Monthly Meeting

June 2019

“PLAINLY READ, LIKE A BOOK”: SITUATING THE HENDRICKS-HODGE ARCHAEOLOGICAL EXPEDITION TO HAWIKKU PUEBLO, 1915-1923

Klinton Burgio-Ericson, PhD

7:30 PM, Tuesday, June 25, 2019

Albuquerque Museum of Art and History

2000 Mountain Road NW

The Hendricks-Hodge excavations at the Zuni ancestral pueblo of Hawikku in western New Mexico were among the largest of early American archaeology, producing copious artifacts and documentation over seven years (1917–1923). Under the direction of Frederick Webb Hodge, this work has been described as “pioneering” and “sophisticated” for its time. Based on three years of research at the Smithsonian Institution’s National Museum of the American Indian, this talk seeks to assess the methodology of the Hendricks-Hodge Expedition and re-situate its place in the history of American archaeology. Drawing on previously unpublished primary sources, it also offers a critical new reading of Hodge’s place in the political and social history of Zuni Pueblo.

Klinton Burgio-Ericson is an artist, art historian, and educator. Currently a Post-Doctoral Fellow in Southwestern Archaeology and Museum Studies at the University of New Mexico, he completed his PhD in Art History at the University of North Carolina at Chapel Hill. His dissertation explores the significance of Spanish mission architecture in seventeenth century New Mexico, focusing on the Purísima Concepción Mission of Hawikku Pueblo as a case study in cultural encounter and architectural meaning. Dr. Burgio-Ericson is also an official Research Collaborator with the National Museum of Natural History’s Department of Anthropology, developing collaborative projects and ethnohistorical research alongside Curator of North American Anthropology, Gwyneira Isaac. His work has been honored with support from diverse sources such as the Smithsonian Institution, Henry Luce Foundation, American Council of Learned Societies, Newberry Library, Crystal Bridges Museum of American Art, Society of Architectural Historians, Academy of American Franciscan History, and the New Mexico Office of the State Historian.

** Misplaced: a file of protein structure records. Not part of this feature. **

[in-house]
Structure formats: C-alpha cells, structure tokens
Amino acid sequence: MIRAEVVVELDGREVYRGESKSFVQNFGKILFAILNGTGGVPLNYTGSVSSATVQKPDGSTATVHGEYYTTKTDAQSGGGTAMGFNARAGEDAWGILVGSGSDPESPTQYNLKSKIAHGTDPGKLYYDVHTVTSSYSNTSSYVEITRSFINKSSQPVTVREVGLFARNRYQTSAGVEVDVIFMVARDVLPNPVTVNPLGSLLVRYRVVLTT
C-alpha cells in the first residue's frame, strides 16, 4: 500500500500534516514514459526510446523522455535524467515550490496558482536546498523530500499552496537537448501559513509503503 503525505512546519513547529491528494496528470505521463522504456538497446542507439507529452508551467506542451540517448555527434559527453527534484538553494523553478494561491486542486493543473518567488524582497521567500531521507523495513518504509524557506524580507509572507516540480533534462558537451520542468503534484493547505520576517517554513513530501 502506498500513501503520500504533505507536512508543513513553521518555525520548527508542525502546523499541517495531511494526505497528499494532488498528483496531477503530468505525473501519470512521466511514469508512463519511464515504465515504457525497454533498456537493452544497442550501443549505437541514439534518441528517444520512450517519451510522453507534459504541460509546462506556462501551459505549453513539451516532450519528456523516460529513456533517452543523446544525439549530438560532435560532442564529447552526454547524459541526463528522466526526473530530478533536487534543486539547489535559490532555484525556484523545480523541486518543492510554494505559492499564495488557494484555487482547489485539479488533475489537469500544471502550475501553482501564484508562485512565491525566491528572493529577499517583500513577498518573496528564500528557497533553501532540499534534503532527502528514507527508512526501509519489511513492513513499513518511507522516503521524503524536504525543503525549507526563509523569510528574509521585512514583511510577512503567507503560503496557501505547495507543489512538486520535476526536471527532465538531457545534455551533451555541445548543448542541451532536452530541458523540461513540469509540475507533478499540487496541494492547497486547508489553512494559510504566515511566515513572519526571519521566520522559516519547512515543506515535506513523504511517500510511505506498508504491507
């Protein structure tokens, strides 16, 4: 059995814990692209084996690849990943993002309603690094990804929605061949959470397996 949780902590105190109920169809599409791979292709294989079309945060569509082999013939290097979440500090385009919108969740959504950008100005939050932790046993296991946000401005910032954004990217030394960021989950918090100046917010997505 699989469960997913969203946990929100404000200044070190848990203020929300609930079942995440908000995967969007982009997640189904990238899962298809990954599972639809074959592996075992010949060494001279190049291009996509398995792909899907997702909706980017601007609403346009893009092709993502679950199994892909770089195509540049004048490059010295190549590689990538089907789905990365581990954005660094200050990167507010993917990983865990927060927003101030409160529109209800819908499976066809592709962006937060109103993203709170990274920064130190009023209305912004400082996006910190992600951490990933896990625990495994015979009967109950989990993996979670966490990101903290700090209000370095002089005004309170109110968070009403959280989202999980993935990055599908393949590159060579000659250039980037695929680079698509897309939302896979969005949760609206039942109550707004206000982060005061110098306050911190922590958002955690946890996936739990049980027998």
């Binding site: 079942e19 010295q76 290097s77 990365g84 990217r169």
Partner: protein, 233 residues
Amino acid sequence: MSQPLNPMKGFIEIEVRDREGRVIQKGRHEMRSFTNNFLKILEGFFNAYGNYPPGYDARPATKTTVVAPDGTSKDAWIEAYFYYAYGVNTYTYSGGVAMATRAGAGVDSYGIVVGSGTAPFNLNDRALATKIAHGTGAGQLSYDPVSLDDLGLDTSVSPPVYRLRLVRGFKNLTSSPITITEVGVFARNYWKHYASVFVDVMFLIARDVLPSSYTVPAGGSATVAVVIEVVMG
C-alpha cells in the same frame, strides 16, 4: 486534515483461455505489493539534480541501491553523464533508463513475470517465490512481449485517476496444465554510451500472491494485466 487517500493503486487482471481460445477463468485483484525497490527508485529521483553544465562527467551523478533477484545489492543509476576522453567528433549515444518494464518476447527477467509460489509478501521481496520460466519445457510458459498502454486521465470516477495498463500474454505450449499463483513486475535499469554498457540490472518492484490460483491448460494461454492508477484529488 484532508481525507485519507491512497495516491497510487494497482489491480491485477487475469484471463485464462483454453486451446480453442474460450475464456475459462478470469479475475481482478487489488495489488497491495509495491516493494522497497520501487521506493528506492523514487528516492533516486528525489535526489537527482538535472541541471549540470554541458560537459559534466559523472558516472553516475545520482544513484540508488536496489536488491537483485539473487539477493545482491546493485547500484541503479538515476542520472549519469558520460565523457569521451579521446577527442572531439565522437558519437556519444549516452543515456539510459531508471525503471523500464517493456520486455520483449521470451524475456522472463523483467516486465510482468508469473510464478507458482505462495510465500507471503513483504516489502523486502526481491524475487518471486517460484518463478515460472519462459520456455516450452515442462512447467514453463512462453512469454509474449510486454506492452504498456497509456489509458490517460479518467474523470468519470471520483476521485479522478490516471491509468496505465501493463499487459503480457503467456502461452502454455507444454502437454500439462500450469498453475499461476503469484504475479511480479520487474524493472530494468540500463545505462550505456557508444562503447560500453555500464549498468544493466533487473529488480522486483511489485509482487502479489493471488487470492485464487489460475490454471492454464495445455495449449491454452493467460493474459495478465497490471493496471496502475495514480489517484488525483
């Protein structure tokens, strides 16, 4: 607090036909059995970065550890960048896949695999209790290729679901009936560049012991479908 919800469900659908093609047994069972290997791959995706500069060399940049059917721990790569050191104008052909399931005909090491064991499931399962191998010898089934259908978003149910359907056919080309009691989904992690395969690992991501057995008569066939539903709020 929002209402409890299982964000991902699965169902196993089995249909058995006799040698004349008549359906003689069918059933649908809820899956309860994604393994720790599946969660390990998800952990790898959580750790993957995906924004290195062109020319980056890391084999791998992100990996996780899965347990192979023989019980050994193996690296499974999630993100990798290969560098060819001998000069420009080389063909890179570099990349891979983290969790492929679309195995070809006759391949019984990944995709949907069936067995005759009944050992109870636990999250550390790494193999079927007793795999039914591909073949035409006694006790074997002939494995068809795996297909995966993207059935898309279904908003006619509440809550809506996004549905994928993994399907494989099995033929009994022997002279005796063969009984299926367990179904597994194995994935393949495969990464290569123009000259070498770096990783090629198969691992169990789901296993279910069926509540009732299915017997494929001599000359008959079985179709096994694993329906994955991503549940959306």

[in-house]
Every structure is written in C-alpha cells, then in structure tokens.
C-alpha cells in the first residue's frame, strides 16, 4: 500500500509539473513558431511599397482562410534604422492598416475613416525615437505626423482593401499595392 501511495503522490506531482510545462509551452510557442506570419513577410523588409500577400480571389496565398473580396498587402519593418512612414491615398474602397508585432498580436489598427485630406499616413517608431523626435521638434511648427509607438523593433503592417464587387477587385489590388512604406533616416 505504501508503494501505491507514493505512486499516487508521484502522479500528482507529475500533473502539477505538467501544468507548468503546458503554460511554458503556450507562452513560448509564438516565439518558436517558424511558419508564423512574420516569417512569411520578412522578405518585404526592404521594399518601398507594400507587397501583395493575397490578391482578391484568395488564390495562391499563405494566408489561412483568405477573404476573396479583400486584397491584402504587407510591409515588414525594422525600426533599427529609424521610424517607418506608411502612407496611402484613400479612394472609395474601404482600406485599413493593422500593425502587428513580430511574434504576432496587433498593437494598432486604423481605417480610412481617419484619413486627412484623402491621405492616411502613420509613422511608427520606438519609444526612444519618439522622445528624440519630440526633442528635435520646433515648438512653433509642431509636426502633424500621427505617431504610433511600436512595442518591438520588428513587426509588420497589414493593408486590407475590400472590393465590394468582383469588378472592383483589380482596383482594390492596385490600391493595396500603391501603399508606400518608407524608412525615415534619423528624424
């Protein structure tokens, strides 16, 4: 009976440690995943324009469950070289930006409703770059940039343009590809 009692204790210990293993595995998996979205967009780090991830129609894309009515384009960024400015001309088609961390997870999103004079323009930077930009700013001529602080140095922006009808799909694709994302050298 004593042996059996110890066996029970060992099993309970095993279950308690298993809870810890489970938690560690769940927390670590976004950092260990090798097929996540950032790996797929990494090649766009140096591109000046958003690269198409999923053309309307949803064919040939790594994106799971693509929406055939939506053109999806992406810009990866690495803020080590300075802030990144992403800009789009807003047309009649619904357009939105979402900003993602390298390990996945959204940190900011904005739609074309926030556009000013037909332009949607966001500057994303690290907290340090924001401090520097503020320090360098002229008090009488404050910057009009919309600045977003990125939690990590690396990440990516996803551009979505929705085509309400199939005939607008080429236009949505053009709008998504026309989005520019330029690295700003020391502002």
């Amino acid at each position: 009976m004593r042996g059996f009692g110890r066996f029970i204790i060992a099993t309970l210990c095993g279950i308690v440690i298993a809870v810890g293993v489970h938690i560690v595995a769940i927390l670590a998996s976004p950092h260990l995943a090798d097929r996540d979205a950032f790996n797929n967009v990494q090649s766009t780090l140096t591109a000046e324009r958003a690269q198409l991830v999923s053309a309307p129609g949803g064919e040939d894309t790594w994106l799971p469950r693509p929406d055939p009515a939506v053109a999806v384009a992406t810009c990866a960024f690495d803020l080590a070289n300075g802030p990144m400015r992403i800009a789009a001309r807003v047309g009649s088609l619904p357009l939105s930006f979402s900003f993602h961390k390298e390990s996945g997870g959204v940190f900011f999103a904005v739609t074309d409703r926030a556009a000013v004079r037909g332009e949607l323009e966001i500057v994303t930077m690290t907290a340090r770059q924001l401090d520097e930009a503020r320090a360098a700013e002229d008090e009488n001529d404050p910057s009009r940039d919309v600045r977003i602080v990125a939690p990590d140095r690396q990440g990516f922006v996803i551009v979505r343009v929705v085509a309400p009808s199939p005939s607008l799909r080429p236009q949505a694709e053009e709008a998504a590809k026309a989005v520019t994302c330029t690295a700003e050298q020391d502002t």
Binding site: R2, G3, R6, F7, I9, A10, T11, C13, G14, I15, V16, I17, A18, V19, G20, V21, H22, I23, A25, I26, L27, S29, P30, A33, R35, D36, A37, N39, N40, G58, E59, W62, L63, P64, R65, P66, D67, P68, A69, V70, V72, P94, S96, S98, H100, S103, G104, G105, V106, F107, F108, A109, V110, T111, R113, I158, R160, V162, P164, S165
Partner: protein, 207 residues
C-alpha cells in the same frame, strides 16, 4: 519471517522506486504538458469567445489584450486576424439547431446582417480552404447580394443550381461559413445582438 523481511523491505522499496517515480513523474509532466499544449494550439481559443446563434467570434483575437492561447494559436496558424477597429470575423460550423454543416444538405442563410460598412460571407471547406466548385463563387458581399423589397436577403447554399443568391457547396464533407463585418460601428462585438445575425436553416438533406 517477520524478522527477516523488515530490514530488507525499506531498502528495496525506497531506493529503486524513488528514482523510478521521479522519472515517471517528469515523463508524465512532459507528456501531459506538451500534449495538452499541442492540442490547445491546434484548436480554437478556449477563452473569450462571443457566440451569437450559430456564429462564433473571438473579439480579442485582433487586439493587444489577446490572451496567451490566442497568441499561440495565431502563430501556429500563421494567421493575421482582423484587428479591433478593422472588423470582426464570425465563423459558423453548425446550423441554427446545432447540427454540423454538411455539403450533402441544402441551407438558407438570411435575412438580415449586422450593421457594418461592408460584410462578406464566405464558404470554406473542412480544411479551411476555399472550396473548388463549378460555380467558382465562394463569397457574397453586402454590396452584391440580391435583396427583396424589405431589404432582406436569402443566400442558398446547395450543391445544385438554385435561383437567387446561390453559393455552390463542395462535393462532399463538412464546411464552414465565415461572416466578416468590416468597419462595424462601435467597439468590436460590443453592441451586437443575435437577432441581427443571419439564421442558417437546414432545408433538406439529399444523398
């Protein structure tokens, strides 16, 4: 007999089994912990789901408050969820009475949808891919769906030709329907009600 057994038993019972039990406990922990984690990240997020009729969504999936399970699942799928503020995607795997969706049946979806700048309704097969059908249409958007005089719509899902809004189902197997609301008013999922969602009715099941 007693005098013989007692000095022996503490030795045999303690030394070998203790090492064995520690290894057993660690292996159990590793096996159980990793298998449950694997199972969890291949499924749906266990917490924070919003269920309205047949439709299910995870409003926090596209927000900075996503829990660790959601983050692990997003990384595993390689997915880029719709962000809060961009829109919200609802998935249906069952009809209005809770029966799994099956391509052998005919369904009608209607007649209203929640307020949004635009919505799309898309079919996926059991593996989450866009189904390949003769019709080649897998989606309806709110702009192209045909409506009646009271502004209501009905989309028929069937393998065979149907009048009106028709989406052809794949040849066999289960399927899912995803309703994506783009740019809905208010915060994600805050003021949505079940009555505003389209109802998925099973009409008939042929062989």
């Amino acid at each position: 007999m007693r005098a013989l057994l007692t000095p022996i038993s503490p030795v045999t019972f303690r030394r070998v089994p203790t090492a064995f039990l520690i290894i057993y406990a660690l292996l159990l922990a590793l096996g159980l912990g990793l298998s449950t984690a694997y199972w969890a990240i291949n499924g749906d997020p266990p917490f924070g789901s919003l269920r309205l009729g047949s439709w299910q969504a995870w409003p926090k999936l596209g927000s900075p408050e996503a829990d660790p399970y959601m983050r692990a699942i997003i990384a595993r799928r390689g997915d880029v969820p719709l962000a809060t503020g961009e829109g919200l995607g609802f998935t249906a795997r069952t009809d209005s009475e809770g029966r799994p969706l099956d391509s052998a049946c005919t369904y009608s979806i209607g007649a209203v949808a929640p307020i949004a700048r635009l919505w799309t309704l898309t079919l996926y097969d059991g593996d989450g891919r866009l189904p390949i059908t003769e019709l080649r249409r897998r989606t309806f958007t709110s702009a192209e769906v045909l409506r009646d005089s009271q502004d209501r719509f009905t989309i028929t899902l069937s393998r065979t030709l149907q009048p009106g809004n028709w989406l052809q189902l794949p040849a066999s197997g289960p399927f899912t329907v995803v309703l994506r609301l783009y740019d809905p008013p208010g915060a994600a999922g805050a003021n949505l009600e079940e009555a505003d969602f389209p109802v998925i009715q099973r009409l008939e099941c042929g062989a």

[Ed. Note: This talk was originally scheduled for the February 2019 meeting that was  canceled because of snow.]

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The Albuquerque Archaeological Society is an avocational group that advocates preserving archaeological and other cultural resources by informing members and the public about archaeological and ethnological subjects through our meetings, presentations, newsletter, other electronic media, field trips, volunteer efforts, field surveys, and studies. Membership is only $25 for an individual or family, and it’s free to students with a Student ID or current class schedule. Membership puts you on our mailing list for our monthly newsletter, and gives you access to our field trips, volunteering endeavors, and our seminars. However, our meetings are always free and open to the public, with a guest lecturer and refreshments, great conversation, and the chance to socialize with those who share an interest in archaeology, both professionals and avocational members. Come see what we’re all about! We’d love your company!

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